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From: Hal Finney <hal.domain.name.hidden>

Date: Wed, 8 Jan 2003 16:07:47 -0800

Paul Steinhardt, one of the original cosmic-inflation theorists and the

man who coined the term "quintessence" has a new theory of cosmology

which is described at http://arxiv.org/abs/astro-ph/020447. The abstract

reads,

The Cyclic Model is a radical, new cosmological scenario which

proposes that the Universe undergoes an endless sequence of epochs

which begin with a `big bang' and end in a `big crunch.' When the

Universe bounces from contraction to re-expansion, the temperature

and density remain finite. The model does not include a period of

rapid inflation, yet it reproduces all of the successful predictions

of standard big bang and inflationary cosmology. We point out

numerous novel elements that have not been used previously which

may open the door to further alternative cosmologies. Although

the model is motivated by M-theory, branes and extra-dimensions,

here we show that the scenario can be described almost entirely in

terms of conventional 4d field theory and 4d cosmology.

The theory does not actually have a "big crunch" in the traditional sense;

rather, after a long period of expansion so that there is less than one

particle in each visible segment of the universe, a hidden dimension

contracts and suddenly the universe is full of light and energy, and it

starts expanding again. There is no inflation as in the regular model,

instead the long period of expansion from the previous cycle is what is

responsible for the remarkable uniformity that is observed.

The interesting aspect from this list's perspective is how to regard

infinite-time cosmologies. Does it make sense to imagine a universe

which has had an infinite past? How could we simulate that on a computer,

if there were no starting point?

I think Steinhardt's model also allows for a spatially infinite, flat

universe as well. So we have infinities in all directions, temporal as

well as spatial.

We could avoid the problem by postulating that every cycle in Steinhardt's

model is identical, giving the effect of a single universe, but I don't

think there is any reason in the theory to suppose that would happen.

Rather, each crunch is slightly different, and these small perturbations

carry over into unique initial conditions for the next big bang.

How could we go about modelling a universe like this? Can we rule out

Steinhardt's cosmology on fundamental principles? Are infinite-time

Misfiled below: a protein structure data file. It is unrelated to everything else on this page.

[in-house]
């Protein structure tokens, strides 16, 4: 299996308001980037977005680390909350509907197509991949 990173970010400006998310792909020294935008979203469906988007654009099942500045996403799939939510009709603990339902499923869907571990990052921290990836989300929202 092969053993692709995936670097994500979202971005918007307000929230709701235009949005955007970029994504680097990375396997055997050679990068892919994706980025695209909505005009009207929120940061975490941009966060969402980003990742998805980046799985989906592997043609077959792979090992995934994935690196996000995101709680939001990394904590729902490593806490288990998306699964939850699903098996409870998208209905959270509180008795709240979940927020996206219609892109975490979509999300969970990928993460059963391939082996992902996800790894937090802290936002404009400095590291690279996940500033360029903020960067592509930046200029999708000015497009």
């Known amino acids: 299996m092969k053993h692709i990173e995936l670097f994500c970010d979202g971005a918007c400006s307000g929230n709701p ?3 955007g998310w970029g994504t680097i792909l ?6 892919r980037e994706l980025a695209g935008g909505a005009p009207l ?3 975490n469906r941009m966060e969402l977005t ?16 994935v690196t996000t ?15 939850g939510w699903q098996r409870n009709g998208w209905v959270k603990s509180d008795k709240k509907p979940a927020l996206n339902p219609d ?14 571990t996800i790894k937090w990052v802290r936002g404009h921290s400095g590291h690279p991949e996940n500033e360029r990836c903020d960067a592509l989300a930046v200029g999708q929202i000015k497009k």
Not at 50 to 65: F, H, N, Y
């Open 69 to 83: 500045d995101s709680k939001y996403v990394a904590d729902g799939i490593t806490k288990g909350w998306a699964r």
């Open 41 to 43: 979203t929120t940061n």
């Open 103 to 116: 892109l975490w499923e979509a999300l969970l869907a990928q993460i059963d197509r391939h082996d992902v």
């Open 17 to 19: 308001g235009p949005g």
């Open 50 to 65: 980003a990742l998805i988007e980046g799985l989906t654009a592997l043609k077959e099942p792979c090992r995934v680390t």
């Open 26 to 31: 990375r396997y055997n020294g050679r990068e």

universes of zero measure compared to ones with a fixed beginning?

It would be interesting if the everything-exists model could be used to

constrain cosmological theorizing in this way.

Hal Finney

Received on Wed Jan 08 2003 - 19:16:08 PST

Date: Wed, 8 Jan 2003 16:07:47 -0800

Paul Steinhardt, one of the original cosmic-inflation theorists and the

man who coined the term "quintessence" has a new theory of cosmology

which is described at http://arxiv.org/abs/astro-ph/020447. The abstract

reads,

The Cyclic Model is a radical, new cosmological scenario which

proposes that the Universe undergoes an endless sequence of epochs

which begin with a `big bang' and end in a `big crunch.' When the

Universe bounces from contraction to re-expansion, the temperature

and density remain finite. The model does not include a period of

rapid inflation, yet it reproduces all of the successful predictions

of standard big bang and inflationary cosmology. We point out

numerous novel elements that have not been used previously which

may open the door to further alternative cosmologies. Although

the model is motivated by M-theory, branes and extra-dimensions,

here we show that the scenario can be described almost entirely in

terms of conventional 4d field theory and 4d cosmology.

The theory does not actually have a "big crunch" in the traditional sense;

rather, after a long period of expansion so that there is less than one

particle in each visible segment of the universe, a hidden dimension

contracts and suddenly the universe is full of light and energy, and it

starts expanding again. There is no inflation as in the regular model,

instead the long period of expansion from the previous cycle is what is

responsible for the remarkable uniformity that is observed.

The interesting aspect from this list's perspective is how to regard

infinite-time cosmologies. Does it make sense to imagine a universe

which has had an infinite past? How could we simulate that on a computer,

if there were no starting point?

I think Steinhardt's model also allows for a spatially infinite, flat

universe as well. So we have infinities in all directions, temporal as

well as spatial.

We could avoid the problem by postulating that every cycle in Steinhardt's

model is identical, giving the effect of a single universe, but I don't

think there is any reason in the theory to suppose that would happen.

Rather, each crunch is slightly different, and these small perturbations

carry over into unique initial conditions for the next big bang.

How could we go about modelling a universe like this? Can we rule out

Steinhardt's cosmology on fundamental principles? Are infinite-time

universes of zero measure compared to ones with a fixed beginning?

It would be interesting if the everything-exists model could be used to

constrain cosmological theorizing in this way.

Hal Finney

Received on Wed Jan 08 2003 - 19:16:08 PST

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